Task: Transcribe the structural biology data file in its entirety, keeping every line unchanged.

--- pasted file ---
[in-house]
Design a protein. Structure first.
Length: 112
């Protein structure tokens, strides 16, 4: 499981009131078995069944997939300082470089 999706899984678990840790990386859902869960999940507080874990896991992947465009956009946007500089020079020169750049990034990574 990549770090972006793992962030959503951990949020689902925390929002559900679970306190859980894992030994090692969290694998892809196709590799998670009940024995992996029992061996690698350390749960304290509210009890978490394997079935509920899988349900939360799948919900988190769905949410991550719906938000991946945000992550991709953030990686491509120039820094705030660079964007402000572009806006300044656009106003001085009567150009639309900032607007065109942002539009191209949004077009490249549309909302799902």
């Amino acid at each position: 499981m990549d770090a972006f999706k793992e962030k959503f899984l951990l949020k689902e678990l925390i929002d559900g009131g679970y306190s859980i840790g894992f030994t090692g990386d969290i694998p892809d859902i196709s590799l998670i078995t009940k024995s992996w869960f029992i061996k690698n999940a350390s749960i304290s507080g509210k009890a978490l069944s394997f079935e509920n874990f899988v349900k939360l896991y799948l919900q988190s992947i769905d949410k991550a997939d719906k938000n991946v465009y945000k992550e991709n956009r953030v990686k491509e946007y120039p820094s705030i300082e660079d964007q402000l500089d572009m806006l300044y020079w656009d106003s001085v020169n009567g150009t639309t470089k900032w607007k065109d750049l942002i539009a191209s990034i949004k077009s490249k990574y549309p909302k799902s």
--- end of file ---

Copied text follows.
[in-house]
Design a protein. Structure first.
Length: 112
């Protein structure tokens, strides 16, 4: 499981009131078995069944997939300082470089 999706899984678990840790990386859902869960999940507080874990896991992947465009956009946007500089020079020169750049990034990574 990549770090972006793992962030959503951990949020689902925390929002559900679970306190859980894992030994090692969290694998892809196709590799998670009940024995992996029992061996690698350390749960304290509210009890978490394997079935509920899988349900939360799948919900988190769905949410991550719906938000991946945000992550991709953030990686491509120039820094705030660079964007402000572009806006300044656009106003001085009567150009639309900032607007065109942002539009191209949004077009490249549309909302799902």
């Amino acid at each position: 499981m990549d770090a972006f999706k793992e962030k959503f899984l951990l949020k689902e678990l925390i929002d559900g009131g679970y306190s859980i840790g894992f030994t090692g990386d969290i694998p892809d859902i196709s590799l998670i078995t009940k024995s992996w869960f029992i061996k690698n999940a350390s749960i304290s507080g509210k009890a978490l069944s394997f079935e509920n874990f899988v349900k939360l896991y799948l919900q988190s992947i769905d949410k991550a997939d719906k938000n991946v465009y945000k992550e991709n956009r953030v990686k491509e946007y120039p820094s705030i300082e660079d964007q402000l500089d572009m806006l300044y020079w656009d106003s001085v020169n009567g150009t639309t470089k900032w607007k065109d750049l942002i539009a191209s990034i949004k077009s490249k990574y549309p909302k799902s």